We’ve all been there before.
Enticed by the beautiful, colorful mums displayed at the box stores or garden centers at the end of summer, or that rush of excitement we feel while shopping at Costco and spotting those fall mums just waiting for us to take them home, we give in and buy them all.
Sadly, these chrysanthemums often succumb to one season of enjoyment as many new gardeners mistakenly think they are annuals. At the end of their growing season, they are cast aside as scrap as we all move on to Christmas season. We’re here to tell you that this does not have to happen! We can save them and enjoy them year after year, even if they’re not hardy in your growing zone.
That’s right, you can (and should) overwinter your potted fall mums, aka hardy mums, and we’ll teach you three, different ways in which to do this below.
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Quick Growing and Care Tips for Hardy Mums:
- Mums are generally hardy in zones 5-9.
- They thrive in full sun (at least 6 hours).
- They like regular watering when actively growing and flowering, which means you need to keep the soil constantly moist around roots.
- They prefer well-draining and nutrient-rich soil.
- You can pinch them at least once in mid summer so the plant will be fuller with more blooms.
- Fertilize them with a well-balanced fertilizer until mid to late July or when flower buds start to form.
Three Ways to Overwinter Mums in Pots
Keep in mind that the ultimate goal in overwintering your mums in containers is to keep each plants’ roots and stems from feeling harsh freezing temperatures. Nice and cozy, is the plan.
Also, winter care includes deadheading them back BEFORE storing them for winter. Make sure to remove any old and withered flower blooms either before or after you have moved your potted mums so they don’t harbor pests and diseases.
Now, here are three options for overwintering your mums:
1) Move Them Up Against a House/Structure
Move your potted mum up against your house or other building to protect it from the cold weather. This is a great option if mums are hardy in your area (reminder, they are generally hardy in zones 5-9) and can be placed under any available eaves to protect them so they can receive any residual heat from the building.
Water as needed so roots don’t completely dry out; maybe once every two or more weeks, or once a month, especially if you haven’t gotten any natural rain for a while.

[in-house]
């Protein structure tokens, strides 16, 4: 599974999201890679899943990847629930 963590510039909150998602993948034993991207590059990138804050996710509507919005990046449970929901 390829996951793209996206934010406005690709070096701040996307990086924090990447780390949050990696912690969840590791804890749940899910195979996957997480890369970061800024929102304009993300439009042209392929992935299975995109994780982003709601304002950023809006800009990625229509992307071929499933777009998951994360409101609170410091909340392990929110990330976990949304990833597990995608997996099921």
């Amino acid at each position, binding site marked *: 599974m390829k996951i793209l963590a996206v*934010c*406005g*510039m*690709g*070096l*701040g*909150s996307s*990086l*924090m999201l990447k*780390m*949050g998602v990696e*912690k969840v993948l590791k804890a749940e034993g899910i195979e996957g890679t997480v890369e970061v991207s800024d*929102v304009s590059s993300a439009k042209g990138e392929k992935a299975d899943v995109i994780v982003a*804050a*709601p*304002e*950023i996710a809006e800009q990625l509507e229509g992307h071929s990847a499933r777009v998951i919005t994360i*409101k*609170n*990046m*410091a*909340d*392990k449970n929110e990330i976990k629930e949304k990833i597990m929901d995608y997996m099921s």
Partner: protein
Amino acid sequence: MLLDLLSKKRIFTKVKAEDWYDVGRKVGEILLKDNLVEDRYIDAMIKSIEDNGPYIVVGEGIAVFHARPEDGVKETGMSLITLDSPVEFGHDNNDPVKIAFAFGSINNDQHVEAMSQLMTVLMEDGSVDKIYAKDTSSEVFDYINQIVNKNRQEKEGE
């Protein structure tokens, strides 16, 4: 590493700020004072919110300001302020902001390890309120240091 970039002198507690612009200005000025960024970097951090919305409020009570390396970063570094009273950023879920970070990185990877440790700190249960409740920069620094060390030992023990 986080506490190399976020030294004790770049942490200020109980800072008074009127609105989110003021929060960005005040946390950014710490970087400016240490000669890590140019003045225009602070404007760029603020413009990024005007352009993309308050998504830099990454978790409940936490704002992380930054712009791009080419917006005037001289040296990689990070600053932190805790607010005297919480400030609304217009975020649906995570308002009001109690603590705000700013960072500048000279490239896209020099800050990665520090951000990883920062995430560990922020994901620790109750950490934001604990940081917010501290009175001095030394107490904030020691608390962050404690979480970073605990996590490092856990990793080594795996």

2) Heal Them In
Heal-in your potted mum by partially placing each container into a hole of a raised bed or mounding mulch up around the sides of the container. Once you find the location that will work, dig a hole at least half as deep as the container, and place your container in that hole.
Water as needed so roots don’t completely dry out; maybe once every two or more weeks, especially if you haven’t gotten any natural rain for a while.
3) Bring Them Indoors
Move your potted mum indoors and place it on a garage or shed bench so it stays in temperatures between 30 and 50 degrees Fahrenheit.
Water as needed so roots don’t completely dry out; maybe once every two or more weeks.
How to Know Which Overwintering Mum Option to Choose?
If you live in a zone that is colder than zone 5, you will need to choose Option 3 and bring your potted mums indoors for the winter.
If you live in a zone where mums are hardy, you have two choices; Option 1 or 2.
If you just don’t have any room indoors but the mums are not hardy, try option 1 and move them closer to the side of your house or another structure that is protected from harsh wind or cold weather. This way, the plants can get that residual heat off the building and you can try to save them. They may or may not make it, but at least it is worth a try, right?
What To Do After You Overwinter Mums?
In the spring, once the threat of frost has passed on in your area, you can move your potted mums out into a sunny spot in your garden. Care for them as normal and watch them bloom in the fall.
These tips will help you overwinter your mums so they will return the following year and, hopefully, for years to come! Be sure to watch the video above so you can watch all three options for overwintering your mums in action. You can also find other plant care videos and a lot more on our YouTube Channel.
If you still aren’t sure what you can do with your mums, you can always speak with your county extension agency to get really useful local information. Thank you for reading and we hope any part of our post has helped you become a better gardener.
Until next time, we’ll see you in the garden!